Malloy: Derail idea of NYC commuter tax
In a rare agreement with regional rival Gov. Chris Christie of New Jersey, Gov. Dannel P. Malloy has signaled that he opposes an idea floated by Manhattan Borough President Scott Stringer to restore New York City's commuter tax on suburban residents.
Malloy spokesman Andrew Doba said Tuesday that Malloy "does not support reinstating the commuter tax, nor does he favor raising any other taxes."
"No one questions the need to fund mass transportation projects throughout our region," Doba said. "But enacting a tax that affects traffic moving in only one direction is unfair."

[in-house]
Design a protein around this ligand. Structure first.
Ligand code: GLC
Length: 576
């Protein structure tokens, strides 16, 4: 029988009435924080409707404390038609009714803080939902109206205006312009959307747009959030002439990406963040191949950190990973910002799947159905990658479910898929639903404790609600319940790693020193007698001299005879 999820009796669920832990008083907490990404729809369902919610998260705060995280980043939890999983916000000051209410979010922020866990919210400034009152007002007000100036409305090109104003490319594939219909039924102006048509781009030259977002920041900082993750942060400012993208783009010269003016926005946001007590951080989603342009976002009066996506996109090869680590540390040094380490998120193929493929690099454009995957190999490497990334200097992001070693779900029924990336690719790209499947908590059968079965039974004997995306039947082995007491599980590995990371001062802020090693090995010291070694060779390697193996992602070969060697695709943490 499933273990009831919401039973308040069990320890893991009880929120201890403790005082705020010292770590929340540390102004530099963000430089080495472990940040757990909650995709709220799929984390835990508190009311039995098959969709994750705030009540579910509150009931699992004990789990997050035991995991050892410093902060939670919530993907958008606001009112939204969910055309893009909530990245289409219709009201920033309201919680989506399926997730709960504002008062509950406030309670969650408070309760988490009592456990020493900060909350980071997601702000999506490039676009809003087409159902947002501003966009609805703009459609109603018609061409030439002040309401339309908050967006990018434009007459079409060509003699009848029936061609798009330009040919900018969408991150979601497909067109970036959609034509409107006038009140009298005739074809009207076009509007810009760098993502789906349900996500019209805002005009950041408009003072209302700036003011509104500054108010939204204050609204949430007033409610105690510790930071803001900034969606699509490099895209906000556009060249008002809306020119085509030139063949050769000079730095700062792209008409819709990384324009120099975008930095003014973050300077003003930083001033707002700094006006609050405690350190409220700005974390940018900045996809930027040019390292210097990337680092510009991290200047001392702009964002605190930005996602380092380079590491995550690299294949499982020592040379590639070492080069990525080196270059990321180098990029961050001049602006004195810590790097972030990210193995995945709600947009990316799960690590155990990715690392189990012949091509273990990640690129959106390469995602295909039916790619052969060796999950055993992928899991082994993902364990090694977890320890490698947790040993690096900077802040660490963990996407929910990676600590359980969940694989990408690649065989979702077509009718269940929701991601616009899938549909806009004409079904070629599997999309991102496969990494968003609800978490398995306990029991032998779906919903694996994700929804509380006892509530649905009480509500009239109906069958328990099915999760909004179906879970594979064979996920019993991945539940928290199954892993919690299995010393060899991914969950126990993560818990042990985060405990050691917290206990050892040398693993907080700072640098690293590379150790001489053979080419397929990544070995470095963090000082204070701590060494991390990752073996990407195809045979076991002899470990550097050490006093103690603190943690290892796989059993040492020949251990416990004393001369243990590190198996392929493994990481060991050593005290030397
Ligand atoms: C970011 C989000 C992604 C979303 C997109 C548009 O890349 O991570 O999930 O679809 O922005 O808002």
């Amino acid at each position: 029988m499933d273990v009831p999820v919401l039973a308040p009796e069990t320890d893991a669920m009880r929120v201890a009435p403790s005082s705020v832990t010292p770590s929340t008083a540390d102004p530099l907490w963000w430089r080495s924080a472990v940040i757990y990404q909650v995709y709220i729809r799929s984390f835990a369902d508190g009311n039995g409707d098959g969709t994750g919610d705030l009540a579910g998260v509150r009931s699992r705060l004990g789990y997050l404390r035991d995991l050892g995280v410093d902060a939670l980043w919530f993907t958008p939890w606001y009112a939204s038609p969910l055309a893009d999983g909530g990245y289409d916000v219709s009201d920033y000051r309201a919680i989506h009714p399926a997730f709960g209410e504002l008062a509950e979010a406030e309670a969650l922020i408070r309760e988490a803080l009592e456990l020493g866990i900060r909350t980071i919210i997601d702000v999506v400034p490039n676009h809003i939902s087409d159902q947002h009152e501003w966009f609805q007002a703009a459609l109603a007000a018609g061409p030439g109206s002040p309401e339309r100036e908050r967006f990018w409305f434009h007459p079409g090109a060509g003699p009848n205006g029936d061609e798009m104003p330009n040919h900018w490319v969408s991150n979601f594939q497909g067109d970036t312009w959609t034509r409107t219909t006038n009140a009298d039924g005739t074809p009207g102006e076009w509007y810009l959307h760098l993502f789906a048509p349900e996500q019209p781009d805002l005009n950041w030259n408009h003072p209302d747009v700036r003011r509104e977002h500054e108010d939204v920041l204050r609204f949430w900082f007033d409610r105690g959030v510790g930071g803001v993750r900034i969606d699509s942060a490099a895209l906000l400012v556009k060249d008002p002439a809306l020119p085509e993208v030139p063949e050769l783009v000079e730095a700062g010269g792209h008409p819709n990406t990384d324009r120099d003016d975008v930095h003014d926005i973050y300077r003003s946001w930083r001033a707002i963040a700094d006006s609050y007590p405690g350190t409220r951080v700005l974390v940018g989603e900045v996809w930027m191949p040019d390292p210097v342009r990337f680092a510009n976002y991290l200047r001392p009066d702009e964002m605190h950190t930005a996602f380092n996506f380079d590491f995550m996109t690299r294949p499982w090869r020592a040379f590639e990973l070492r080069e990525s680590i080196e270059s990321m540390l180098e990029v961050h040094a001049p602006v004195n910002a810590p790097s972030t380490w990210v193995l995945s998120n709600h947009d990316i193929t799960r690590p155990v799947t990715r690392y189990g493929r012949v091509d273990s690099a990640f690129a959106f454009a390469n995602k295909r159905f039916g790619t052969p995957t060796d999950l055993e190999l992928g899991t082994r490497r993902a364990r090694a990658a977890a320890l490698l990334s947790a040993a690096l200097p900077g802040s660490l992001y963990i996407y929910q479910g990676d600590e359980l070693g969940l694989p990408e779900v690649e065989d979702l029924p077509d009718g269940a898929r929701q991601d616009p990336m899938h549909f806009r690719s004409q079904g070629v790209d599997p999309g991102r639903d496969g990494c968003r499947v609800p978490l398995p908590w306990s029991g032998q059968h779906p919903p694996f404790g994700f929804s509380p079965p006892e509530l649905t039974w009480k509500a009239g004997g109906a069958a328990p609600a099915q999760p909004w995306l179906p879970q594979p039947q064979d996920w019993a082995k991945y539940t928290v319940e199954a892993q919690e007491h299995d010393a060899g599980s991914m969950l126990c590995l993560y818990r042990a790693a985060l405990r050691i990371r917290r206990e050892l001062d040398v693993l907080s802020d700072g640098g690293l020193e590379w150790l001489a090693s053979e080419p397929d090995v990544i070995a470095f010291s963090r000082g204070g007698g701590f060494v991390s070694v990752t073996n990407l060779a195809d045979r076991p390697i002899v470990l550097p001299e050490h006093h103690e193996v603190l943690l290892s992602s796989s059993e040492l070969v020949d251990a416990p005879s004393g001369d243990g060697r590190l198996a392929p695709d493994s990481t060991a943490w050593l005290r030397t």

Christie, appearing at a news conference Tuesday in Bedminster, N.J., called the idea "penny-wise and pound-foolish" and said it would hurt New York's economy -- not to mention hundreds of thousands of New Jersey residents who work there.
Stringer's office estimates the tax could generate $725 million a year for regional mass transit.
The Democrat is considered a likely candidate for New York City mayor. The New York legislature eliminated the commuter tax in 1999 after it had been in place for 33 years.
The income tax was paid by commuters who worked in New York City, but lived elsewhere.
Under Stringer's proposal, the tax would be levied at the 1999 rate. That was 0.45 percent for most commuters.